In medicine, the Faget sign — sometimes called sphygmothermic dissociation — is the unusual pairing of fever with bradycardia (slow pulse). (Fever is usually accompanied by tachycardia (rapid pulse), an association known by the eponym "Liebermeister's rule".) The Faget sign is named after Louisiana physician Jean Charles Faget, who studied Yellow Fever in Louisiana.
Faget sign is often seen in:
- yellow fever
- Typhoid Fever
- Colorado tick fever
- Some pneumonias - Legionella pneumonia and Mycoplasma pneumonia
- Drug Fever (e.g. Beta-Blockers, known as the Beta-Faget sign)
Of note, the Faget sign in bacterial infections is consistently associated with bacteria that have an intracellular life cycle.
- synd/3753 at Who Named It?
- Jean-Charles Faget. Études médicale de quelques questions importantes pour la Louisiane, et exposé succinct d’une endémie paludéenne de forme catarrhale qui a sévi à la Nouvelle-Orléans, particulièrement sur les enfants, pendant l’epidémie de fièvre jaune de 1858. New Orleans, 1859.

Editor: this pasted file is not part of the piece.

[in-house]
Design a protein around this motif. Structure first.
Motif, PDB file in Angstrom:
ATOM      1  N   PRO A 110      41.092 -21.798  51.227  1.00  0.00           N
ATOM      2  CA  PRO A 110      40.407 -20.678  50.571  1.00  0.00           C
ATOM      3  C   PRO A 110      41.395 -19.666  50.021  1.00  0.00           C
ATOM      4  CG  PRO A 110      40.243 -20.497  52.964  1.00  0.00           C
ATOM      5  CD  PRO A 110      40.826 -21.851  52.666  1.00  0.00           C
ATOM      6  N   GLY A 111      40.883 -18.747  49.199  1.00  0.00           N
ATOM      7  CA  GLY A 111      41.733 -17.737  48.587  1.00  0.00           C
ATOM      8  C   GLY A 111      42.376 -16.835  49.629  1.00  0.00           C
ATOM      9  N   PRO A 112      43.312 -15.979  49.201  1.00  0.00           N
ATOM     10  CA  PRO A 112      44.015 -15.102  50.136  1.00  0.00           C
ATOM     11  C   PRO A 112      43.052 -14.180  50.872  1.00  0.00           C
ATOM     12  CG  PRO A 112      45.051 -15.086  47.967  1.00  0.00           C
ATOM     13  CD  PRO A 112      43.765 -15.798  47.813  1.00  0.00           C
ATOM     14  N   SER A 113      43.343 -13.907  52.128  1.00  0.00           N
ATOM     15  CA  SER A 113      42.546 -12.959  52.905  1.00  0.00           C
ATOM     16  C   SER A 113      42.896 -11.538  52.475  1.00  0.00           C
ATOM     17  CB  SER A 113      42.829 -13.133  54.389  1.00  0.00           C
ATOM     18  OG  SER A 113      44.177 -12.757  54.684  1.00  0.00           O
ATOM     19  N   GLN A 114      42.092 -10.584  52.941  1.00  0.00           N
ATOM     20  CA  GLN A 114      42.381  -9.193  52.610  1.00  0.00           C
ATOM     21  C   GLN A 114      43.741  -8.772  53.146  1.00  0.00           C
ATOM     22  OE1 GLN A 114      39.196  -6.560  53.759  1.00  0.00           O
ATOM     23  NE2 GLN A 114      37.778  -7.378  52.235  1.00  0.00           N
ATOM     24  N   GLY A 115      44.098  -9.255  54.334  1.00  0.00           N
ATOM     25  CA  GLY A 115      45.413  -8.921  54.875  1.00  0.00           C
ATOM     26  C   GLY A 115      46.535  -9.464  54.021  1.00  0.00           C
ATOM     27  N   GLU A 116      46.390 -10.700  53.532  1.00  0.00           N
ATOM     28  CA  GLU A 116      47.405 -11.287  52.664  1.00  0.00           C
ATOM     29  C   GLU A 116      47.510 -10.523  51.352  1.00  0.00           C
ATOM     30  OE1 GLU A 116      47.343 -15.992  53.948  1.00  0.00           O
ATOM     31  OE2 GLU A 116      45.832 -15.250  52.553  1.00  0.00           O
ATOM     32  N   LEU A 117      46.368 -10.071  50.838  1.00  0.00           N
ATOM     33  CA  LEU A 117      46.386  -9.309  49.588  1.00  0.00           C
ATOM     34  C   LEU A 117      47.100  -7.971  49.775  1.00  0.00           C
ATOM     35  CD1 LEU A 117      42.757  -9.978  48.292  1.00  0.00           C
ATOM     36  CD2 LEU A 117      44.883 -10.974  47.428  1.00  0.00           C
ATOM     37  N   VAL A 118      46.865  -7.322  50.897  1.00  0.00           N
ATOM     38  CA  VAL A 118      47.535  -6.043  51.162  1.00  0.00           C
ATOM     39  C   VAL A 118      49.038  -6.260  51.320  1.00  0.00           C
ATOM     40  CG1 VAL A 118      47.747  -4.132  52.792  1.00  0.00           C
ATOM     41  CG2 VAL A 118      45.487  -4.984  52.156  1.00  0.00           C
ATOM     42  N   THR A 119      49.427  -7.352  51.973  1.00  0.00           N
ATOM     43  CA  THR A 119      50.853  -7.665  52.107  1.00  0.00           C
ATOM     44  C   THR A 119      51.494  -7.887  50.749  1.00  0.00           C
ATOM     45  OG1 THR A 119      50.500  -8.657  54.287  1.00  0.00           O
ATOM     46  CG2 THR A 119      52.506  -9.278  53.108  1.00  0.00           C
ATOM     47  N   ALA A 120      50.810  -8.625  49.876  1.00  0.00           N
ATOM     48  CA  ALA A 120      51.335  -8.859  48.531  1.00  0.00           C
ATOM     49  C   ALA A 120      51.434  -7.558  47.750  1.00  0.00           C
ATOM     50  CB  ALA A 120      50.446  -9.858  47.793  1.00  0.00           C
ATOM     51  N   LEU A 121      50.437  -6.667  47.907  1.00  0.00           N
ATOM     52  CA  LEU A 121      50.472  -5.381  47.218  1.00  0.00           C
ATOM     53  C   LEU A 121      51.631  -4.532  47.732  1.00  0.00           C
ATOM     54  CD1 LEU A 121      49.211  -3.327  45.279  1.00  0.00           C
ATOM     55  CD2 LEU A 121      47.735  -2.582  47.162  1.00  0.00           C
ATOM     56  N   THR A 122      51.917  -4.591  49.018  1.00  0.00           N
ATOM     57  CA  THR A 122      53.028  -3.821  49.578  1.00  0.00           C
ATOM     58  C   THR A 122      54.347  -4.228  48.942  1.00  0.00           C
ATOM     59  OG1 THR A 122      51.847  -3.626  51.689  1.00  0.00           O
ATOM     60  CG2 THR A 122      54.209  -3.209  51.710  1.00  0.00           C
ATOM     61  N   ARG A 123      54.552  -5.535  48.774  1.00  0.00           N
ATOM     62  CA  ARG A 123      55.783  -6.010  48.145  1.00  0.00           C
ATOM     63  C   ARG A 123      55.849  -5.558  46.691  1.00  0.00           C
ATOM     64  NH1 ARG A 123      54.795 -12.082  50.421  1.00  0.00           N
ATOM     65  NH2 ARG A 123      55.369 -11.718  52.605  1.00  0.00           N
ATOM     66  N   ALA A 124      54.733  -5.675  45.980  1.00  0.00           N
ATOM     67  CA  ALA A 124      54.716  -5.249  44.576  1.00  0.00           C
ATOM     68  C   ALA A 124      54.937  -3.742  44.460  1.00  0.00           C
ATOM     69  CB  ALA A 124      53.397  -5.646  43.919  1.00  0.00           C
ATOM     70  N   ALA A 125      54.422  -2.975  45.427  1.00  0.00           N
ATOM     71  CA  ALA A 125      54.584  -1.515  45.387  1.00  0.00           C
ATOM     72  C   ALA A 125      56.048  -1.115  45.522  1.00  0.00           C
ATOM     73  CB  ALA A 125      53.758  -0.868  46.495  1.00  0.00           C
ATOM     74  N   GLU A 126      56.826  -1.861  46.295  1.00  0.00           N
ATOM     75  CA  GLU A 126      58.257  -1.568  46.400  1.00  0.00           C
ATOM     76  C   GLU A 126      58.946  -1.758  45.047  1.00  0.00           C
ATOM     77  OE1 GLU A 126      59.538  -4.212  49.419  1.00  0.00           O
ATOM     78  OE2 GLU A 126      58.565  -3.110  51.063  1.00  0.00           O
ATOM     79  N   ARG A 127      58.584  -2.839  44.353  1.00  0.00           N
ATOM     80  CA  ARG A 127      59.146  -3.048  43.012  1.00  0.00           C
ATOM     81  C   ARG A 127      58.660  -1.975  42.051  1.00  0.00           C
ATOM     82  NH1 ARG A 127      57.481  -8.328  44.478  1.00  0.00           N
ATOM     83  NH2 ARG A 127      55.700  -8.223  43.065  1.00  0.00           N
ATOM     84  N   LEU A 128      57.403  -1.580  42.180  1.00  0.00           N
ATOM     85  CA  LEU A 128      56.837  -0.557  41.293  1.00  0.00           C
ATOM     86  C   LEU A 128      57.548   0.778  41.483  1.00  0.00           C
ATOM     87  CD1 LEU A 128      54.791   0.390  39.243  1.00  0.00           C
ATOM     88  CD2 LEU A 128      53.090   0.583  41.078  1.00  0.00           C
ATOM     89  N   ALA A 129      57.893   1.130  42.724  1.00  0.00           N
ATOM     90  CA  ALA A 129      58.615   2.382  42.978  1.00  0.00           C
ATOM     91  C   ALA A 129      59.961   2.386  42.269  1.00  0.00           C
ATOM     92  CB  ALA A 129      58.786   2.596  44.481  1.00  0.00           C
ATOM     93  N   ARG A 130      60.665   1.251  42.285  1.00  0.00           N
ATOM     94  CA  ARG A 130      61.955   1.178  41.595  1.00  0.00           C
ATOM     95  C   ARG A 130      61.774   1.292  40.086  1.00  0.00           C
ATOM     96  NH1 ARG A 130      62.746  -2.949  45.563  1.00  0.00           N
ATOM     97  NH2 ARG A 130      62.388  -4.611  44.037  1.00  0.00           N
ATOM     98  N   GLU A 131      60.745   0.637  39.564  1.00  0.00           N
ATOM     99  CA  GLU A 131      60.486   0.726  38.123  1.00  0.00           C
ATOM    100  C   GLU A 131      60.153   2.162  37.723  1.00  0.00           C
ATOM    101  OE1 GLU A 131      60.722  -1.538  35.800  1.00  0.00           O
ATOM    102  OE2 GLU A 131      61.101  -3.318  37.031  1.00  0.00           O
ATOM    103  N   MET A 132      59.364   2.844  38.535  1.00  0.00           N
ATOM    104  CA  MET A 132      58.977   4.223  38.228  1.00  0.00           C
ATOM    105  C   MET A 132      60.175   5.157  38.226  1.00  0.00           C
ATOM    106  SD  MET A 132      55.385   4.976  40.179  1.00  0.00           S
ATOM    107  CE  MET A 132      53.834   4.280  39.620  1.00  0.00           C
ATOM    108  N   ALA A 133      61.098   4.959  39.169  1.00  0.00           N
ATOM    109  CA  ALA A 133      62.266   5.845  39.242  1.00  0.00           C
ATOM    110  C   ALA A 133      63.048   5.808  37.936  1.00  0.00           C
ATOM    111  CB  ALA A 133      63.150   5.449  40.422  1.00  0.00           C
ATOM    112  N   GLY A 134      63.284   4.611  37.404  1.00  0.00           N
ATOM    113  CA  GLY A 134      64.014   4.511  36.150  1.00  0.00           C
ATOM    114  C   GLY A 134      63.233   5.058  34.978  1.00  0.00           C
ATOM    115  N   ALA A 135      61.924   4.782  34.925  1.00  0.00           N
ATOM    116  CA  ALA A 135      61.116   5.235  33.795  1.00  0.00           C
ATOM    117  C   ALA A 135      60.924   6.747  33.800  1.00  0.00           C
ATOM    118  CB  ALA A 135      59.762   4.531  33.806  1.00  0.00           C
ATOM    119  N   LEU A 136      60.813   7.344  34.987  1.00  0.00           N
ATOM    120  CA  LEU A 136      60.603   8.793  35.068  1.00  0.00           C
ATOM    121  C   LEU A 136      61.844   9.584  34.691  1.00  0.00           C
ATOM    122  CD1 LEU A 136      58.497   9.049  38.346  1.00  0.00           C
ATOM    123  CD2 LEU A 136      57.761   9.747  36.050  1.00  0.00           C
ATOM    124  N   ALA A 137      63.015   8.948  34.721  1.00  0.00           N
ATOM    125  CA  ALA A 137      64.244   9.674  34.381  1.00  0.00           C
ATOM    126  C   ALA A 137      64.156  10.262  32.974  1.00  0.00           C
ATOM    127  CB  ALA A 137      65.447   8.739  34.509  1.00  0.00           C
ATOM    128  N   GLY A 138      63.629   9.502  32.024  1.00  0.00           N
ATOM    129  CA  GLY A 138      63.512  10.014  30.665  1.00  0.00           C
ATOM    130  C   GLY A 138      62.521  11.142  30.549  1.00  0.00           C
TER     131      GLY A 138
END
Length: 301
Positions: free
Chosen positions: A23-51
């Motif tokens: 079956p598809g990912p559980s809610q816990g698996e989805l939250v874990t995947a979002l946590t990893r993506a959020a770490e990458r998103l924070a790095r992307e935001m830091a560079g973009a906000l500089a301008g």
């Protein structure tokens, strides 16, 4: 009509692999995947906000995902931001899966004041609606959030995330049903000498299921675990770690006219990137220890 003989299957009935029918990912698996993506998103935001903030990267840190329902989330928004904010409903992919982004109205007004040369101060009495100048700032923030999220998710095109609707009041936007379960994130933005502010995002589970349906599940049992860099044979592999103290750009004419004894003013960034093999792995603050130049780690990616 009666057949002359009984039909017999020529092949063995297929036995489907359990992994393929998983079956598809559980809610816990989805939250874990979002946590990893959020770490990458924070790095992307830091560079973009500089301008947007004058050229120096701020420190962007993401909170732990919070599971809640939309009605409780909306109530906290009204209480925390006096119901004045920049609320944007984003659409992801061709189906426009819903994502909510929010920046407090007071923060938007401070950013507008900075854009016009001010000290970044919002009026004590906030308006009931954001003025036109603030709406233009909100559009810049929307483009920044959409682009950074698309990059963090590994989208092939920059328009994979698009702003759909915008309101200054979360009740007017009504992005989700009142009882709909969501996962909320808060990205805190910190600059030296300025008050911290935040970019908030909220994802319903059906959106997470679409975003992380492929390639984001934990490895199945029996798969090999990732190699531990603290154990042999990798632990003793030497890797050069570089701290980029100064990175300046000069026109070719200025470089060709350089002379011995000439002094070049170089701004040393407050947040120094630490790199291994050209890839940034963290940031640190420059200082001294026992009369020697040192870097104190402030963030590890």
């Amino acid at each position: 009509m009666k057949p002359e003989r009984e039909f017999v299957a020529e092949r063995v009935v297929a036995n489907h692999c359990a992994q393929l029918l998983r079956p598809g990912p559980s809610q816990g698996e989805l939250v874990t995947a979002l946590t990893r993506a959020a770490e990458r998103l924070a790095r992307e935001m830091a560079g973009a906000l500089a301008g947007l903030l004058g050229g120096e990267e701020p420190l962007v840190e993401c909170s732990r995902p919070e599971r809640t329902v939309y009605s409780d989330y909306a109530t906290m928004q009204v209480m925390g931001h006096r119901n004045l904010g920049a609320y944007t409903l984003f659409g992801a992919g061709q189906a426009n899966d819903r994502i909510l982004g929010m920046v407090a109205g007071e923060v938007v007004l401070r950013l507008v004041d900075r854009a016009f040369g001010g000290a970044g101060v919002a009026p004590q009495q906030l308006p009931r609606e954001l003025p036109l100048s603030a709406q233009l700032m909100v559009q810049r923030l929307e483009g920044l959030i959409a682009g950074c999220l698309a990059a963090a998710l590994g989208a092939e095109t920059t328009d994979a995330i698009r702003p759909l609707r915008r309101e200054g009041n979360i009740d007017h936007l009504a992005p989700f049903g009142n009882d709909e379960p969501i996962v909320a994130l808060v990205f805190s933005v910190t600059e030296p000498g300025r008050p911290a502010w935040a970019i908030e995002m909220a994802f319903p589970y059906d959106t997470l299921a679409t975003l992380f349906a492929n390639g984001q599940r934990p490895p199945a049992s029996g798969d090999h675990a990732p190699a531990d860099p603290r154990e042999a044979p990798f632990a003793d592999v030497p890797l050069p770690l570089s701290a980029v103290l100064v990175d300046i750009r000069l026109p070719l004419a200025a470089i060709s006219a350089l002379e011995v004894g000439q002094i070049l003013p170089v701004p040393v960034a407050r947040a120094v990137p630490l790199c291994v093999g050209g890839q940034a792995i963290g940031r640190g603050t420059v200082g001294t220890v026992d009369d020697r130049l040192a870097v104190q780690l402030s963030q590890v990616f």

- Neuroimmunomodulation. 1999 Jul-Aug;6(4):305-17. Beta-adrenergic receptor subtype effects on stress fever and thermoregulation. Mayfield KP, Soszynski D, Kozak W, Kozak A, Rudolph K, Kluger MJ.
|This medical sign article is a stub. You can help Wikipedia by expanding it.|